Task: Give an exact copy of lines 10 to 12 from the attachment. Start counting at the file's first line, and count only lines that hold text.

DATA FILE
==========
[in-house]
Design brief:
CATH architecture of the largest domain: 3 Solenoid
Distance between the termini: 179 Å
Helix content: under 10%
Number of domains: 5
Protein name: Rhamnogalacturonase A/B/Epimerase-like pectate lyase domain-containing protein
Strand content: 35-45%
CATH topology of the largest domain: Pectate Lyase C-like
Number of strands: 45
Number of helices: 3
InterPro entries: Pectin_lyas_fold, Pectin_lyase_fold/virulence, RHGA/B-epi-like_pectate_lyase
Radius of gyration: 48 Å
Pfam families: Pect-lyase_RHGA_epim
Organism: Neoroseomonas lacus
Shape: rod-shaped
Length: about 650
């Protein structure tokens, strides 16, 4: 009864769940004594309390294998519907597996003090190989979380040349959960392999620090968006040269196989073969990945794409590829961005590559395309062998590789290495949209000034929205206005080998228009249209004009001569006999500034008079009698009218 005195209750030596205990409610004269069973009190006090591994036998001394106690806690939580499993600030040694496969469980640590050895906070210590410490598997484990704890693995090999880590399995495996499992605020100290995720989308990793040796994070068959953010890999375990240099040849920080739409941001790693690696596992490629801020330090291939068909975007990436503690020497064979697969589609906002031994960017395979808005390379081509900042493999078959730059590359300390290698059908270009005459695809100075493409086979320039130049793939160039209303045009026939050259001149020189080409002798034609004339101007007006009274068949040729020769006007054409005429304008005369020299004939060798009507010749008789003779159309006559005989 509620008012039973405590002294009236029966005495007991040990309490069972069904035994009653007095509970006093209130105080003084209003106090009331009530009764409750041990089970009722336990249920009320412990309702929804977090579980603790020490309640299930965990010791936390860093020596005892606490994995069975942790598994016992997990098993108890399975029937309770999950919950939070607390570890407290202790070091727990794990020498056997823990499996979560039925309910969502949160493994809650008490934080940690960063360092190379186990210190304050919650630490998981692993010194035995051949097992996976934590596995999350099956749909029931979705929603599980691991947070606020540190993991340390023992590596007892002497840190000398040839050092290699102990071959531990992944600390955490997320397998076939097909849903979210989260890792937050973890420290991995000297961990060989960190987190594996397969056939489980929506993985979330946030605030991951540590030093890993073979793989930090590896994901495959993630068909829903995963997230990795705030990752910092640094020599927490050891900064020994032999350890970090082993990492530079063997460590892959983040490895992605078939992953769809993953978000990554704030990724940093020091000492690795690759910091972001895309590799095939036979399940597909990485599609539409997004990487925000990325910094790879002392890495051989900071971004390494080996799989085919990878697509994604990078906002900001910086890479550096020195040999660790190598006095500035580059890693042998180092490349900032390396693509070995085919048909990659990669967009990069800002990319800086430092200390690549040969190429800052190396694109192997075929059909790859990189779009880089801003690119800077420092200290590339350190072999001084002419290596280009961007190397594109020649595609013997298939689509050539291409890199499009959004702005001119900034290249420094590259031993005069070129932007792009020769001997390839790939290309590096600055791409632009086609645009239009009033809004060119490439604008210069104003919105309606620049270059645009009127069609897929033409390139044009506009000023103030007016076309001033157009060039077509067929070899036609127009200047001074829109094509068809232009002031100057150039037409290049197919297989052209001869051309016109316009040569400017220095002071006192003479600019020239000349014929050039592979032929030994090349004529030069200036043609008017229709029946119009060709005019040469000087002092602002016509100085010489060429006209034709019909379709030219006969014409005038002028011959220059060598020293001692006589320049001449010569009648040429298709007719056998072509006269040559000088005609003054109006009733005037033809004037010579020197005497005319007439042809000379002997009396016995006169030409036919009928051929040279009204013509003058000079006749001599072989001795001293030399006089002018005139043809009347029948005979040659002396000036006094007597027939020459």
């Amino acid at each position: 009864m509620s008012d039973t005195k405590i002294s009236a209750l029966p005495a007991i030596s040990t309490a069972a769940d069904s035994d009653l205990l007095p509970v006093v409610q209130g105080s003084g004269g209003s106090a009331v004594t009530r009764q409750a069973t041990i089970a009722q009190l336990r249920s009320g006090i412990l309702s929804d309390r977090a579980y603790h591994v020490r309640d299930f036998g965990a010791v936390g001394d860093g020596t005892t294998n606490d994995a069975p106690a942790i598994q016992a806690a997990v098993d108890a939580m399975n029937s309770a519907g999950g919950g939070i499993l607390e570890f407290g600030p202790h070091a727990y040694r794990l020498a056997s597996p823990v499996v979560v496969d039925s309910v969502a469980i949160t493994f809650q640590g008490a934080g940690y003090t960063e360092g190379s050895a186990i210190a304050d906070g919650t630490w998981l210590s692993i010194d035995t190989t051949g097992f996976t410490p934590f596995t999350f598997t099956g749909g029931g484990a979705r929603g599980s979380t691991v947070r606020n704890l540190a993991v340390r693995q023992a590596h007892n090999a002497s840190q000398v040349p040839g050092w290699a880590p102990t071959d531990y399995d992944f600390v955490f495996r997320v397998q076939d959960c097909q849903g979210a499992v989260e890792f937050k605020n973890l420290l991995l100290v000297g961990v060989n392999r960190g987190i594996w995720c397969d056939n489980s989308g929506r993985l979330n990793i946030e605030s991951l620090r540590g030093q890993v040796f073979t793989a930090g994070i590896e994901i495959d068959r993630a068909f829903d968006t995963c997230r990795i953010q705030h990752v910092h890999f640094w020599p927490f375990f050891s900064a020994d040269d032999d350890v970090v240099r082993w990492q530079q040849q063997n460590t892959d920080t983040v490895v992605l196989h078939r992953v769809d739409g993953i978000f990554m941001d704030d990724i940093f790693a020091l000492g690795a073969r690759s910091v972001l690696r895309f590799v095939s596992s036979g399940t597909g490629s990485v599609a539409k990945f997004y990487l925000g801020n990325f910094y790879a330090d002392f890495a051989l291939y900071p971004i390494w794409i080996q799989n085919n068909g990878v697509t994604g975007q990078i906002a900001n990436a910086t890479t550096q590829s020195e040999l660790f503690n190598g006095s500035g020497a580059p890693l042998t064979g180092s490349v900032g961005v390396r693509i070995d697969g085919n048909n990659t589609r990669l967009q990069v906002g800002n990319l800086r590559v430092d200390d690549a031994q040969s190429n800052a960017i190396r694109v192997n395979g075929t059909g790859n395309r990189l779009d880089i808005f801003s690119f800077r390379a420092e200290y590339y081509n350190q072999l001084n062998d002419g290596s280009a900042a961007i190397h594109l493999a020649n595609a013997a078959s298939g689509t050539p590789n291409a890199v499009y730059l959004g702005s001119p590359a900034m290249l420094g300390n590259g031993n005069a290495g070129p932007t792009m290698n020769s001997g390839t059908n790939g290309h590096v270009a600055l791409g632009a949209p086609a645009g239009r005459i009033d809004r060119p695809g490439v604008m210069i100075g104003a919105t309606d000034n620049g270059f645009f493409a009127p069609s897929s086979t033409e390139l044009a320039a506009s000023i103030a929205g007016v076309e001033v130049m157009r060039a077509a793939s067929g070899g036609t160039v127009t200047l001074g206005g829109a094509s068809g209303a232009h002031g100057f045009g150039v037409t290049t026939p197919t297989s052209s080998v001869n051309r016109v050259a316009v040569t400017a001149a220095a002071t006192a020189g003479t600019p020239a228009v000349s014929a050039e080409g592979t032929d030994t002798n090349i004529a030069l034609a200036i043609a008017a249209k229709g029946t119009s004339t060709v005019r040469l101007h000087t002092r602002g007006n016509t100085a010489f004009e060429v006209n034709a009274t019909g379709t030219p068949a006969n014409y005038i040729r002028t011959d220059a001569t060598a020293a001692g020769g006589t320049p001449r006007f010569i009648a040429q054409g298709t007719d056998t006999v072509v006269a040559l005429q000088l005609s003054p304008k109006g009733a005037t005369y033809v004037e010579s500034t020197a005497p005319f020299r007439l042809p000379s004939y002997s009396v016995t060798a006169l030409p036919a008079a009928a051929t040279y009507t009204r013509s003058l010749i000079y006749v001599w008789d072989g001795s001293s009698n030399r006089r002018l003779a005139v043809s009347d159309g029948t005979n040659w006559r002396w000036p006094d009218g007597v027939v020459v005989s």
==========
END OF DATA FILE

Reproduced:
Number of strands: 45
Number of helices: 3
InterPro entries: Pectin_lyas_fold, Pectin_lyase_fold/virulence, RHGA/B-epi-like_pectate_lyase